The key to explaining this to the team was getting them all in the same room at the same time and show them how one of our email templates displayed differently in 3 or 4 popular email clients.

Consistent and Reliable Development Process
While we were all together with the above in mind, we needed to agree on a process. The Foundation Zurb email framework was proposed for responsive design since it seemed to be among the most advanced for email. All frameworks have limitations so it was important to get agreement on which framework (and which limitations) we would use.

Because email clients are inconsistent and there are dozens of them, a short list of which clients to develop and test for was needed. We reviewed a usage analytics chart which helped us establish a list and agreed to develop and test for 14 specific email clients. We would review the analytics annually and update the list if necessary. To test our short list, we needed a tool. Several online tools were considered. We decided on the Litmus tool which offers a free trial, but if you are serious about email, you’ll likely need the paid version. Litmus also worked with one of the data vendors we were using. We received budget approval for the tool.

Another essential step – CSS in-lining, where CSS instructions (p {width: 100%;)) are inserted into template tags:

< p style="100%" >

Online tools are available to do this fairly quickly, but it does add significant time to the overall process. Not doing this step increases the chances of a broken display in some email clients. We also received budget approval for this tool.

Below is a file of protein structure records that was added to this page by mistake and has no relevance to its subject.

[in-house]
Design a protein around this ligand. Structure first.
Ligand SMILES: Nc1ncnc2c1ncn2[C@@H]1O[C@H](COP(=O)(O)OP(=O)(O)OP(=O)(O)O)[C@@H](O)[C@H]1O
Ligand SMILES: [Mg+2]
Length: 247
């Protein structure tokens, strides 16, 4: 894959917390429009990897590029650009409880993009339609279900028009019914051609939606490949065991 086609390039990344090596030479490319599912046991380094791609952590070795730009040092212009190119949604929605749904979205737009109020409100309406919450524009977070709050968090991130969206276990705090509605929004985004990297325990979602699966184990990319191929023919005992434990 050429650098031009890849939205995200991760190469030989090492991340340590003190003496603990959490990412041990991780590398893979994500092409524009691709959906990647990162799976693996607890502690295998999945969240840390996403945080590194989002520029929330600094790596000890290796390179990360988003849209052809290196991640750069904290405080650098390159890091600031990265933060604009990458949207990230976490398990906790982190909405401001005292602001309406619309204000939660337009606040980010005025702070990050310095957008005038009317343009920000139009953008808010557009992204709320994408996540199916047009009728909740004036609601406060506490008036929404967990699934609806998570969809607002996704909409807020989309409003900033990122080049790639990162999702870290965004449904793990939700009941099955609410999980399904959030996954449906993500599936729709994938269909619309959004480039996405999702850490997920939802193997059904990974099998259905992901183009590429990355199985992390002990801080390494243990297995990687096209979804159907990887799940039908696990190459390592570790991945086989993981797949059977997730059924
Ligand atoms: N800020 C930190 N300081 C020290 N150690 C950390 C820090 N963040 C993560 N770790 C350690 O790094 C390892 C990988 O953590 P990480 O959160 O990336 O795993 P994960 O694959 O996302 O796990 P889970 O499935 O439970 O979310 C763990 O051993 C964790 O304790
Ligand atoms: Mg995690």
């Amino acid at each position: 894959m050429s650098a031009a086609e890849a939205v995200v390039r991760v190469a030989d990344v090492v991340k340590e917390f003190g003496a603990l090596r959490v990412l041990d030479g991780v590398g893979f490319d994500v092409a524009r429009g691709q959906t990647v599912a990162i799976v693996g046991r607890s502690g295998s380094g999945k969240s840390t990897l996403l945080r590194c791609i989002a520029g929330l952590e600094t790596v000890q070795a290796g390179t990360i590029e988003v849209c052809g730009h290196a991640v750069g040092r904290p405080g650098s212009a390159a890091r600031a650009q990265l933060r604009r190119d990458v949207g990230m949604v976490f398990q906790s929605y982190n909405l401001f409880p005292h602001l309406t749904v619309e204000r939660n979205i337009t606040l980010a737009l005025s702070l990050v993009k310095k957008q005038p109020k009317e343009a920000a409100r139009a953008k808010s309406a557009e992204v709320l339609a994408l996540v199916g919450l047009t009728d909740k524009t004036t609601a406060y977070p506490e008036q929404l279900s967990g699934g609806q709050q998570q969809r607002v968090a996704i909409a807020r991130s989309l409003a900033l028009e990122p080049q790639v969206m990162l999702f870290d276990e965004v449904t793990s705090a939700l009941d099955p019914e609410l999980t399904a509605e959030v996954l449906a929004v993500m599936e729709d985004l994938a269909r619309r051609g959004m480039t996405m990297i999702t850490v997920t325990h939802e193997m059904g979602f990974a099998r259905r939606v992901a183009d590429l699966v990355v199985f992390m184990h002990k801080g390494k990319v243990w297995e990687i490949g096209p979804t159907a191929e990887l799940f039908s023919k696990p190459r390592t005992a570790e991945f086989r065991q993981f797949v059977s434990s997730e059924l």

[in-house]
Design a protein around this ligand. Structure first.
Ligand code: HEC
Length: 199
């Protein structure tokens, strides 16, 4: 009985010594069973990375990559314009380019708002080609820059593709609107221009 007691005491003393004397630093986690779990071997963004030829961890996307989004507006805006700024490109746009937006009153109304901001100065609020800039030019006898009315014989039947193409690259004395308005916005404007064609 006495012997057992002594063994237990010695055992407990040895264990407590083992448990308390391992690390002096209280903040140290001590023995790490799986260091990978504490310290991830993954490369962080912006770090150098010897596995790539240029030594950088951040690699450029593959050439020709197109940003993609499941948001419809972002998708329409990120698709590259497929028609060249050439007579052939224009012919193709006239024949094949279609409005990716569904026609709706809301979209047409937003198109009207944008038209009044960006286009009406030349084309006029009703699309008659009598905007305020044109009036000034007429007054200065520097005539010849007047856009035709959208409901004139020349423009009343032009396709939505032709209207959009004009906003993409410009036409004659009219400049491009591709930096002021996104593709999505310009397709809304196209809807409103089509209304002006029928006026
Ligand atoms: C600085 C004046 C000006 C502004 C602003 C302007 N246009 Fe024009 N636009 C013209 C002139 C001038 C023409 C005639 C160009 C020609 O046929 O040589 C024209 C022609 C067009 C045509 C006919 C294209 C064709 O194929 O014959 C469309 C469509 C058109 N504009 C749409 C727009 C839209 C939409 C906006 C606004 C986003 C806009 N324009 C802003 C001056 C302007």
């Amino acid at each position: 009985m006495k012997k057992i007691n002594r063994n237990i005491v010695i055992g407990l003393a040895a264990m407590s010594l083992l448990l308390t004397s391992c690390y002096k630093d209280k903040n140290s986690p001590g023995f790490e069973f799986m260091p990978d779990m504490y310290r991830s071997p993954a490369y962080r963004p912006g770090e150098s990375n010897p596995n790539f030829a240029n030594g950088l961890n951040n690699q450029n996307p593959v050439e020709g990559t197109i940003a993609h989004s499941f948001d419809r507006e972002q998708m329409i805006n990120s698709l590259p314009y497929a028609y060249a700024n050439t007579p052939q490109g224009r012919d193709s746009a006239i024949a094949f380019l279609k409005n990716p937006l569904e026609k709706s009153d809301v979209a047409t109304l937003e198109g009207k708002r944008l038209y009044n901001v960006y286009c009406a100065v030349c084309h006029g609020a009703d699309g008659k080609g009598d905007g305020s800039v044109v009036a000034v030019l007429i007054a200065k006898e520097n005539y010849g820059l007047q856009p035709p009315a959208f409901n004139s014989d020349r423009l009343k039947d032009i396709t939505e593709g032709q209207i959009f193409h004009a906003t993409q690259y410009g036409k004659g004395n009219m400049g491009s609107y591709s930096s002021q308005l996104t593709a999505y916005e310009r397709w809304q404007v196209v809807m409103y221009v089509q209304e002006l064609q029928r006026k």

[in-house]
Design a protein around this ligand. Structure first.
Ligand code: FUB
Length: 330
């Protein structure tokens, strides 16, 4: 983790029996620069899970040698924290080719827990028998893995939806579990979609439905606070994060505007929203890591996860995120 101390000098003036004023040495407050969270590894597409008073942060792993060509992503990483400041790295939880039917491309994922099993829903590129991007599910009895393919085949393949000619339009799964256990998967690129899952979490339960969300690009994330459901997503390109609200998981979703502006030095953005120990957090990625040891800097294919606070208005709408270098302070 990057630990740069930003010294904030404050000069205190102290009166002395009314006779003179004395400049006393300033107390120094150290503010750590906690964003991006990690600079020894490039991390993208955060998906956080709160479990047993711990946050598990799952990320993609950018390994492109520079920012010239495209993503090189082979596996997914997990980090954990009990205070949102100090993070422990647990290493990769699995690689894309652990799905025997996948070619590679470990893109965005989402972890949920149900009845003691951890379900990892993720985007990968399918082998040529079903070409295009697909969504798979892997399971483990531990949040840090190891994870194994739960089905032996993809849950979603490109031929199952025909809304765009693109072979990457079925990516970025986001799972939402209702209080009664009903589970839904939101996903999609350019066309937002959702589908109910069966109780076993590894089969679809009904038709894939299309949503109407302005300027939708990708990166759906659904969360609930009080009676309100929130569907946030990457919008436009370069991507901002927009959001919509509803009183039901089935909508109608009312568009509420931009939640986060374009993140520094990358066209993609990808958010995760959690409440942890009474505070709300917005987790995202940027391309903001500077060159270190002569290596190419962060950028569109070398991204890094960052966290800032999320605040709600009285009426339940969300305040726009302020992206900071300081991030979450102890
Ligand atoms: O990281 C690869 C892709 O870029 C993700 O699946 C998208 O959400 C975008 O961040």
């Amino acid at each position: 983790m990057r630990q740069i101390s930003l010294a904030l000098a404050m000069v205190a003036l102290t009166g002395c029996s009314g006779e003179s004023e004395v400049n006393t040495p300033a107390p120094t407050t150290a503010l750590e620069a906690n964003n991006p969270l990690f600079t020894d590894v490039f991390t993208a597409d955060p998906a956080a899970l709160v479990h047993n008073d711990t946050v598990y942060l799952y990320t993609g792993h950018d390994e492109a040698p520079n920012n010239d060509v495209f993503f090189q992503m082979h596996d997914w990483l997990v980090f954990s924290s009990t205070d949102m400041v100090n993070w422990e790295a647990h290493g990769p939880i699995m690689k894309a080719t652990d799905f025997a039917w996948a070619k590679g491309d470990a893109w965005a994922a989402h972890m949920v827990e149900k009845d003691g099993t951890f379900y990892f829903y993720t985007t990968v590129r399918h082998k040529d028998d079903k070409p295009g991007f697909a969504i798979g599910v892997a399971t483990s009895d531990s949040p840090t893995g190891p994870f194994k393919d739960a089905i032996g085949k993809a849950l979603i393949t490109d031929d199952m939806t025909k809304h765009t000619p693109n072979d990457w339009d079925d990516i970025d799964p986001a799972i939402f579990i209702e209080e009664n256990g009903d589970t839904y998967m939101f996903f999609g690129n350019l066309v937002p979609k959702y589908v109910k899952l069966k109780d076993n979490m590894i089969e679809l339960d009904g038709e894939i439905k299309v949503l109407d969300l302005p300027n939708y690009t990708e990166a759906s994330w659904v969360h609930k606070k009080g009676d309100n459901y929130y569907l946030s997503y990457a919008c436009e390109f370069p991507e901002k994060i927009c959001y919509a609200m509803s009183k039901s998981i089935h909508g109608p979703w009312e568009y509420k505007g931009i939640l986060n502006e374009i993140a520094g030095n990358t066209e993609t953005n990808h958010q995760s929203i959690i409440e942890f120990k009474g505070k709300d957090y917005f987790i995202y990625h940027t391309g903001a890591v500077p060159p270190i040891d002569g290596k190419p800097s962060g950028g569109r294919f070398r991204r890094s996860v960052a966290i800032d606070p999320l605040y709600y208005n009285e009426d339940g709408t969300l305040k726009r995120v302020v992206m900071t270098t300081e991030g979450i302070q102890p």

Other important steps were added to the process, like regularly sending test emails to individuals, but the most important step by far was agreeing on a signoff point in the process where change requests would no longer be accepted, and for this we needed cooperation from the business end.

Agreeing To Reasonable Business Requirements
Many team members said the primary reason for the lack of success in achieving the goal in the previous year was the number of change requests.

By reviewing a diagram of the overall process (PowerPoint) with the team, we were able to show how much rework was needed when changes came at the end of the process. We agreed that, ideally all changes should occur early in the design phase, but we also recognized how much clearer the quality of an email was when you actually open it in an email client. So we agreed that after sending a test email (through the new tool) for final approval there would be an opportunity to make final changes. If changes were made at this point, at least we could avoid repeated tagging and other steps toward the end of the process. We also agreed on a limit of 3 rounds of changes after sending the test email (if 3+ were needed, perhaps we’re in the wrong business).

With the new process in place, not only were we able to make all 20+ templates responsive in about 3 months, but we streamlined the process, reduced email turnaround time and significantly reduced the number of broken email display complaints we received. We were now in a better position to focus on targeting email content to specific audiences, which is a topic for a later discussion.

Although there are many advantages to developing for the web, the two years spent developing with the email department has given me a much greater respect for this unique communication medium.